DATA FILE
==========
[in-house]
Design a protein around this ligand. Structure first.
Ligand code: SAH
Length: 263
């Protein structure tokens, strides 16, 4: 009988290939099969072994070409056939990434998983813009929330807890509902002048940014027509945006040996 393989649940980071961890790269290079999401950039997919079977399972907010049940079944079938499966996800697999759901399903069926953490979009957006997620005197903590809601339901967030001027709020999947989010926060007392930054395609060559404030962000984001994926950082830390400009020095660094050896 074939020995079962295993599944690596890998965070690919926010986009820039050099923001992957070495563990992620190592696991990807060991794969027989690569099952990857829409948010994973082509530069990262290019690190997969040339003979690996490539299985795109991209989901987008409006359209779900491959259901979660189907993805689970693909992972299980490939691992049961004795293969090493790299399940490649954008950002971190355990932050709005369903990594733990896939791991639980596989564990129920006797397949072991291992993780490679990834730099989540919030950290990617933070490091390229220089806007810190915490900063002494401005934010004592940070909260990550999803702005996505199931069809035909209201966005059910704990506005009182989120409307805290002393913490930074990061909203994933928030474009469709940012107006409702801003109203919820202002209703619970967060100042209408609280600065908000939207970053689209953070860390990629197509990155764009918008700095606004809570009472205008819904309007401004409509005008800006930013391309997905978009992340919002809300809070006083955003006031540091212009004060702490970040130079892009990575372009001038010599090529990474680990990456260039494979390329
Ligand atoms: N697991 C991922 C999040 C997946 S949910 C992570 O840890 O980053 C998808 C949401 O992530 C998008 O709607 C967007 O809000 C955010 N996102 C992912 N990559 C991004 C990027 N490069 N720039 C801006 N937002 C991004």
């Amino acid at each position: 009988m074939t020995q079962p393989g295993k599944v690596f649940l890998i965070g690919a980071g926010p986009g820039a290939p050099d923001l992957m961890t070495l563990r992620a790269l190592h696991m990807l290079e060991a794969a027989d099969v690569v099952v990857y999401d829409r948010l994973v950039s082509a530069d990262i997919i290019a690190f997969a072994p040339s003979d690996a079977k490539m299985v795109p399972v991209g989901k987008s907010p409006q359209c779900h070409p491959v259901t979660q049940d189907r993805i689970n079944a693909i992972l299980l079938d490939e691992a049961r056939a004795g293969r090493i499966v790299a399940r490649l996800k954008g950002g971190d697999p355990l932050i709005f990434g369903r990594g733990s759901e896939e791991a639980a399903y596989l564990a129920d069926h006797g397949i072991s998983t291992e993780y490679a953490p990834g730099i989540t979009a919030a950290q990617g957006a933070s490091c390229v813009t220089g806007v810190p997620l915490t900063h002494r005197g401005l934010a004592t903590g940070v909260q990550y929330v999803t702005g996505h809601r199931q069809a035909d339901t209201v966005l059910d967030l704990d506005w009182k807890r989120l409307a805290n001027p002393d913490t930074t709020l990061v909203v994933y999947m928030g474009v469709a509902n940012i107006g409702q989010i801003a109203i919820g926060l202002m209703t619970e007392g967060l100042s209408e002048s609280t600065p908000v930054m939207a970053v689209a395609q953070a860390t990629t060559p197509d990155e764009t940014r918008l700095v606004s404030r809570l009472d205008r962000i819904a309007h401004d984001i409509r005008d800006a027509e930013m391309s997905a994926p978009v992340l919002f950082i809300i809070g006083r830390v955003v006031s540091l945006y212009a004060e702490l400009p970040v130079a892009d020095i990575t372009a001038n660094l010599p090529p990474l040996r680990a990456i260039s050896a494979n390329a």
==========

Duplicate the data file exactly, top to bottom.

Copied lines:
[in-house]
Design a protein around this ligand. Structure first.
Ligand code: SAH
Length: 263
């Protein structure tokens, strides 16, 4: 009988290939099969072994070409056939990434998983813009929330807890509902002048940014027509945006040996 393989649940980071961890790269290079999401950039997919079977399972907010049940079944079938499966996800697999759901399903069926953490979009957006997620005197903590809601339901967030001027709020999947989010926060007392930054395609060559404030962000984001994926950082830390400009020095660094050896 074939020995079962295993599944690596890998965070690919926010986009820039050099923001992957070495563990992620190592696991990807060991794969027989690569099952990857829409948010994973082509530069990262290019690190997969040339003979690996490539299985795109991209989901987008409006359209779900491959259901979660189907993805689970693909992972299980490939691992049961004795293969090493790299399940490649954008950002971190355990932050709005369903990594733990896939791991639980596989564990129920006797397949072991291992993780490679990834730099989540919030950290990617933070490091390229220089806007810190915490900063002494401005934010004592940070909260990550999803702005996505199931069809035909209201966005059910704990506005009182989120409307805290002393913490930074990061909203994933928030474009469709940012107006409702801003109203919820202002209703619970967060100042209408609280600065908000939207970053689209953070860390990629197509990155764009918008700095606004809570009472205008819904309007401004409509005008800006930013391309997905978009992340919002809300809070006083955003006031540091212009004060702490970040130079892009990575372009001038010599090529990474680990990456260039494979390329
Ligand atoms: N697991 C991922 C999040 C997946 S949910 C992570 O840890 O980053 C998808 C949401 O992530 C998008 O709607 C967007 O809000 C955010 N996102 C992912 N990559 C991004 C990027 N490069 N720039 C801006 N937002 C991004």
């Amino acid at each position: 009988m074939t020995q079962p393989g295993k599944v690596f649940l890998i965070g690919a980071g926010p986009g820039a290939p050099d923001l992957m961890t070495l563990r992620a790269l190592h696991m990807l290079e060991a794969a027989d099969v690569v099952v990857y999401d829409r948010l994973v950039s082509a530069d990262i997919i290019a690190f997969a072994p040339s003979d690996a079977k490539m299985v795109p399972v991209g989901k987008s907010p409006q359209c779900h070409p491959v259901t979660q049940d189907r993805i689970n079944a693909i992972l299980l079938d490939e691992a049961r056939a004795g293969r090493i499966v790299a399940r490649l996800k954008g950002g971190d697999p355990l932050i709005f990434g369903r990594g733990s759901e896939e791991a639980a399903y596989l564990a129920d069926h006797g397949i072991s998983t291992e993780y490679a953490p990834g730099i989540t979009a919030a950290q990617g957006a933070s490091c390229v813009t220089g806007v810190p997620l915490t900063h002494r005197g401005l934010a004592t903590g940070v909260q990550y929330v999803t702005g996505h809601r199931q069809a035909d339901t209201v966005l059910d967030l704990d506005w009182k807890r989120l409307a805290n001027p002393d913490t930074t709020l990061v909203v994933y999947m928030g474009v469709a509902n940012i107006g409702q989010i801003a109203i919820g926060l202002m209703t619970e007392g967060l100042s209408e002048s609280t600065p908000v930054m939207a970053v689209a395609q953070a860390t990629t060559p197509d990155e764009t940014r918008l700095v606004s404030r809570l009472d205008r962000i819904a309007h401004d984001i409509r005008d800006a027509e930013m391309s997905a994926p978009v992340l919002f950082i809300i809070g006083r830390v955003v006031s540091l945006y212009a004060e702490l400009p970040v130079a892009d020095i990575t372009a001038n660094l010599p090529p990474l040996r680990a990456i260039s050896a494979n390329a």